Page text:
The Lewisham "Street Feast" food market set to return for Summer 2016:

What you might have missed at Snig's Kitchen:

New blog post - Gastronhome, Restaurant review, a beautiful little French restaurant punching well above its weight.

My review of the restaurant launch of Soho's Mister Lasagna, devoted only to baked pasta wonderfulness!



The Big Short


Prince - A Purple Reign


Prince – Sign O The Times

Prince – Art Official Age

Prince – Plectrumelectrum

Prince – Purple Rain

Ephemera – Sun

Robert Plant and the Sensational Space Shifters - Lullaby and the Ceaseless Roar

Please note: as with every monthly Favourites List, all of these items have been selected by me simply because I love them. I do not receive any money, benefits in kind or other incentive for posting these links or recommendations.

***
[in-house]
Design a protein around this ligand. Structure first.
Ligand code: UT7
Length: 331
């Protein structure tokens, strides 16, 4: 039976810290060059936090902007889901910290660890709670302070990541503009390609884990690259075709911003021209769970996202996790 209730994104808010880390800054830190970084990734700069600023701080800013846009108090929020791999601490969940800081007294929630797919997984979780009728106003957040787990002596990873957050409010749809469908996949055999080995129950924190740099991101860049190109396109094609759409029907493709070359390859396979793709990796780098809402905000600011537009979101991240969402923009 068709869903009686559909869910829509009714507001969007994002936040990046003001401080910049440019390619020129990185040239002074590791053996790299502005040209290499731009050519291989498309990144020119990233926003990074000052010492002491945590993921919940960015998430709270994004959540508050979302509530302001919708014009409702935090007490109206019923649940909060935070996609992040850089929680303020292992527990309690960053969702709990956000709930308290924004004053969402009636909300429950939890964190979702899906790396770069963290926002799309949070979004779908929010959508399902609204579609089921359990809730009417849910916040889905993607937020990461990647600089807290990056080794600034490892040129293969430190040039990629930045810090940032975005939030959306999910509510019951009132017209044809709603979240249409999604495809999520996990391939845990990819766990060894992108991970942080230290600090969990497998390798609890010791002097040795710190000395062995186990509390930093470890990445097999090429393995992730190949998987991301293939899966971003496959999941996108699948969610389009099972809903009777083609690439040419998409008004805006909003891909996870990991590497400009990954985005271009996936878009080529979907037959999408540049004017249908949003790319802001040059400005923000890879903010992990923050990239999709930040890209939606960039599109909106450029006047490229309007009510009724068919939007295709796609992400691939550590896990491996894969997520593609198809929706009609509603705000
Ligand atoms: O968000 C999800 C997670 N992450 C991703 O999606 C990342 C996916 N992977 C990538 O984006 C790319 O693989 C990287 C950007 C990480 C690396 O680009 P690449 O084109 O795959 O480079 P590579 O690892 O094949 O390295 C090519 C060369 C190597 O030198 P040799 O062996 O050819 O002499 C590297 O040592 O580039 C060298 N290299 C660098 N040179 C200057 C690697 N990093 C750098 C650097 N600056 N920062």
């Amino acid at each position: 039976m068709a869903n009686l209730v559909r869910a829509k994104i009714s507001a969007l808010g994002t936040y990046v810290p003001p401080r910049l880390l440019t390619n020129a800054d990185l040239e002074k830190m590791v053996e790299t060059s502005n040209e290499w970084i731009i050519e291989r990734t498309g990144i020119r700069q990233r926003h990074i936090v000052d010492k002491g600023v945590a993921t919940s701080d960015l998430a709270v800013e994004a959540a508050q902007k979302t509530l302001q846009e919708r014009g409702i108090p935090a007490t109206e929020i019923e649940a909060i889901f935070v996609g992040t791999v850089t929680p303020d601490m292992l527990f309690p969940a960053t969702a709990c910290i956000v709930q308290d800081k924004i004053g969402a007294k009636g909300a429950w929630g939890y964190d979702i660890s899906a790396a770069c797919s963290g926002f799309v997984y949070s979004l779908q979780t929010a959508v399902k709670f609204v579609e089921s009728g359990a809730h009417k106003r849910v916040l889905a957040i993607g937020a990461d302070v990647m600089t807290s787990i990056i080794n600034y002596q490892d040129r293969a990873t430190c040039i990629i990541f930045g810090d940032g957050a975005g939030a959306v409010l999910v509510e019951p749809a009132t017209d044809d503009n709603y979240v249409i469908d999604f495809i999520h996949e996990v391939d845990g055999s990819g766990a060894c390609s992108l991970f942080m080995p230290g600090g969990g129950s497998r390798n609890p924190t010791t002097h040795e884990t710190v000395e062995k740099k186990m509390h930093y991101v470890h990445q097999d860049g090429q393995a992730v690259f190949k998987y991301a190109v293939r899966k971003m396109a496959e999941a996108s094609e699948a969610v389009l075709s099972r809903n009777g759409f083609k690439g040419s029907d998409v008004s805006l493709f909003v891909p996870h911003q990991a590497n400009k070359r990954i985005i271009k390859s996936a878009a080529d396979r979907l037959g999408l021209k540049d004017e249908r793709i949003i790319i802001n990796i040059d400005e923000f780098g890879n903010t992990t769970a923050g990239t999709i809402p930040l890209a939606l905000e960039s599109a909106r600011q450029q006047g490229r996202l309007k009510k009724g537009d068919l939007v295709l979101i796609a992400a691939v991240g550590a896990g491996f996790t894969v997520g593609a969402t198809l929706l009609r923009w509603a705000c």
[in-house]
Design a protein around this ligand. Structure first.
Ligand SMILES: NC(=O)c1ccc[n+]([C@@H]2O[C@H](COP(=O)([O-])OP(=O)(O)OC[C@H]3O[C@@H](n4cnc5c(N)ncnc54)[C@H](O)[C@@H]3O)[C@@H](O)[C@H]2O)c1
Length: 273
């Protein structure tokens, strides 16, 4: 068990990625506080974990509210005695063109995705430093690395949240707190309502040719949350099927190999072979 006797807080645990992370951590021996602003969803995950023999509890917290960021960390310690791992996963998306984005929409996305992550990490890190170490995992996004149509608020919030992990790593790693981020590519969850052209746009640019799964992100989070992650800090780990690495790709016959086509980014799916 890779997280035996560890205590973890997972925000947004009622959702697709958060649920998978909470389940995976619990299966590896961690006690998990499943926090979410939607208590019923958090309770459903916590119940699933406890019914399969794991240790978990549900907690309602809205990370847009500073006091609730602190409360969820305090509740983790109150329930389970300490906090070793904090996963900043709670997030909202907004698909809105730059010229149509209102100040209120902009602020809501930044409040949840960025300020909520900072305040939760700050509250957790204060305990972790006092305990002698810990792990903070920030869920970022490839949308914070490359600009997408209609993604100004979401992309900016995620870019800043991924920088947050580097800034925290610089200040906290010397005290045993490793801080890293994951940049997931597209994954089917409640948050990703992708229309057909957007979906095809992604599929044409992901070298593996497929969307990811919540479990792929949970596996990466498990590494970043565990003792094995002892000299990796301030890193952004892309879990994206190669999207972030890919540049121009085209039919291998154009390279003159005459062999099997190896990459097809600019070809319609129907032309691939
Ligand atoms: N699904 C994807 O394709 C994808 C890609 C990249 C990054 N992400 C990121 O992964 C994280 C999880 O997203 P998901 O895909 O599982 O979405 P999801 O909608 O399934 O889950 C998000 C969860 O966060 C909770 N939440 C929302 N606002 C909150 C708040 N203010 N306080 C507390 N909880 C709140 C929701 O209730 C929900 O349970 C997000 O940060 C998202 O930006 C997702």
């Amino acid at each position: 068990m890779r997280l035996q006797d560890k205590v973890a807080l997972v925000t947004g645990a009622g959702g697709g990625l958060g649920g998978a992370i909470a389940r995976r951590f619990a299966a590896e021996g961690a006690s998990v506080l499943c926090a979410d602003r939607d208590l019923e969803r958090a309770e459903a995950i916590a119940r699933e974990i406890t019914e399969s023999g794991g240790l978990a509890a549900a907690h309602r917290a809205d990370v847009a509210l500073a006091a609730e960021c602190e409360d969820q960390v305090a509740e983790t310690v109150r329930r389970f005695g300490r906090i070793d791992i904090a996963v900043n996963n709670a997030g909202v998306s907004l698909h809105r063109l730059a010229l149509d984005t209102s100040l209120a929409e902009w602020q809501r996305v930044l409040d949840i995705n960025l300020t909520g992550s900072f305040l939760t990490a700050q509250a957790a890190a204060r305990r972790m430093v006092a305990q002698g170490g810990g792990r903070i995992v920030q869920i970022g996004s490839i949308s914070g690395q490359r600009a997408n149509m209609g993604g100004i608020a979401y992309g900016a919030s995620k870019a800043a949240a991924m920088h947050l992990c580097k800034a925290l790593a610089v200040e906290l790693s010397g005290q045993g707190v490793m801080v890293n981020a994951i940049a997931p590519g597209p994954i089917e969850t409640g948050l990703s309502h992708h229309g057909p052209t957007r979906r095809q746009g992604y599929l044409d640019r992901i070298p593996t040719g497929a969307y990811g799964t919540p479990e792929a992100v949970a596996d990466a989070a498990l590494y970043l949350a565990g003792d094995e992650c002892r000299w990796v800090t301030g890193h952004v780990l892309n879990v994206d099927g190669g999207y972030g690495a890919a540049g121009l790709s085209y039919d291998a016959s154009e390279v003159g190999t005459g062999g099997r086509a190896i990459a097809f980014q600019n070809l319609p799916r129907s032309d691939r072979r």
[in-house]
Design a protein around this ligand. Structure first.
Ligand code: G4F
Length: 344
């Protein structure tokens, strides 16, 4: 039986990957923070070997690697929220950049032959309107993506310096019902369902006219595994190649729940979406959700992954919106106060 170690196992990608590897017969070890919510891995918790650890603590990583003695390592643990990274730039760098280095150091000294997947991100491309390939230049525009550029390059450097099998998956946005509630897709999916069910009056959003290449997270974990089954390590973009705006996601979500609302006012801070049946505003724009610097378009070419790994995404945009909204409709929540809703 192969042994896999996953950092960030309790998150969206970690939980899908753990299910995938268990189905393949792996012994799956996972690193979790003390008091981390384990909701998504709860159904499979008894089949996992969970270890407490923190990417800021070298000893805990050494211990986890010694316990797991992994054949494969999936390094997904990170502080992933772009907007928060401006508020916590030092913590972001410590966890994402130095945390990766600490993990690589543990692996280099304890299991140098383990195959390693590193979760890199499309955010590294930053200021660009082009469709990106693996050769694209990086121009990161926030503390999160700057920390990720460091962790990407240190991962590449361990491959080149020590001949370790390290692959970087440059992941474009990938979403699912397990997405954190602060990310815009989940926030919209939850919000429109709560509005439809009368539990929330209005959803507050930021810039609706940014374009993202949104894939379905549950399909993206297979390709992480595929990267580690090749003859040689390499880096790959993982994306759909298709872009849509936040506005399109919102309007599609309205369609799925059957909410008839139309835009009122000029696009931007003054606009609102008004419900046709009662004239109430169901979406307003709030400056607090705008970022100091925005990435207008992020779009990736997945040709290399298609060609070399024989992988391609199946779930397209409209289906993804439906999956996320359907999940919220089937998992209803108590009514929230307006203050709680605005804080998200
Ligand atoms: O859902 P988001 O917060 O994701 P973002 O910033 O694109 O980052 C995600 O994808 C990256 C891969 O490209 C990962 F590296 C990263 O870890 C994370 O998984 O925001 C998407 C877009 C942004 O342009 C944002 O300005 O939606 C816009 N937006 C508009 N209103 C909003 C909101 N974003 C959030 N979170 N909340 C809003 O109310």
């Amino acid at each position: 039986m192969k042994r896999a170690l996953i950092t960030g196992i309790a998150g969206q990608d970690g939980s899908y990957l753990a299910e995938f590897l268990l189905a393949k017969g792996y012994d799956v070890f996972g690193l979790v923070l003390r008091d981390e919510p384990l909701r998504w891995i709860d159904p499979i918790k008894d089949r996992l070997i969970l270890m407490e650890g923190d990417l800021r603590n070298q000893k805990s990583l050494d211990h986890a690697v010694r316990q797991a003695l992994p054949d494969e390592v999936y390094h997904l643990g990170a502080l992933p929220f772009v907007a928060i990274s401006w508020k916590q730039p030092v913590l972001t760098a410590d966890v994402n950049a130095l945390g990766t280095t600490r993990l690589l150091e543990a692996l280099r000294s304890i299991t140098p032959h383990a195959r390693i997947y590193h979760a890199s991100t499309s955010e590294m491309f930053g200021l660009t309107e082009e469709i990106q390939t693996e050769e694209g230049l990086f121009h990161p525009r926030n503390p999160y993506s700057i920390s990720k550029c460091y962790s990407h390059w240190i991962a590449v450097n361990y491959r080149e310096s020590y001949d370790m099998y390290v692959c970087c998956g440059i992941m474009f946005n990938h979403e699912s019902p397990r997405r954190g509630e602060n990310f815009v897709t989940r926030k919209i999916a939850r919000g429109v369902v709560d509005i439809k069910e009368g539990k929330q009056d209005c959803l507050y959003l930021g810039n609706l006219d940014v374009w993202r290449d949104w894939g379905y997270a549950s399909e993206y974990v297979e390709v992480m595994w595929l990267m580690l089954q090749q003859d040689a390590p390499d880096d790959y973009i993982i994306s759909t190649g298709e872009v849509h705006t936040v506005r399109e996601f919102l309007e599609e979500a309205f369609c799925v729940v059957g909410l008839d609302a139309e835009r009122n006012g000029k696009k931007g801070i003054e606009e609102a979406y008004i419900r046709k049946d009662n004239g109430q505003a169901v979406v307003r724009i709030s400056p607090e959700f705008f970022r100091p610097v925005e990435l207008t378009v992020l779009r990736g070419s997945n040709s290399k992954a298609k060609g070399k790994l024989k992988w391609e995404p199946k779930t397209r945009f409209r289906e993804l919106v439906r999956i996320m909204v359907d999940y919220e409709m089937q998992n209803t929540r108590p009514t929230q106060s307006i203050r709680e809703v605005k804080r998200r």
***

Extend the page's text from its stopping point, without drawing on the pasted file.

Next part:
Saturday, 23 April 2016

Mister Lasagna Restaurant Launch

Pasta is a simple but wonderful indulgence. I love how comforting it is, like a cuddle on a plate. I am fond of fresh, dried, long, short, stuffed and saucy pasta. I often joke that I have never met a carbohydrate I didn’t like (a stolen joke, the provenance I can no longer remember), which particularly applies to pasta!

LASAGNA. See that spelling? It’s the original Italian way. “Lasagne” is an Anglicised version, in the same way as “bolognaise” is an English corruption of “Bolognese”. Sorry to be pernickety, but pasta is a very serious business! So let’s start getting it right!

Lasagna is a classic, hearty pasta dish which I adore, but confess make rarely at home. It seems too much of a mission to make two sauces only to face the assembly of the layers and final baking. Facing 3 hours of preparing, cooking and waiting, I end up going through the stages of slight food craving pangs, full on tummy rumbles, crippling hunger only to find I can’t bring myself to eat.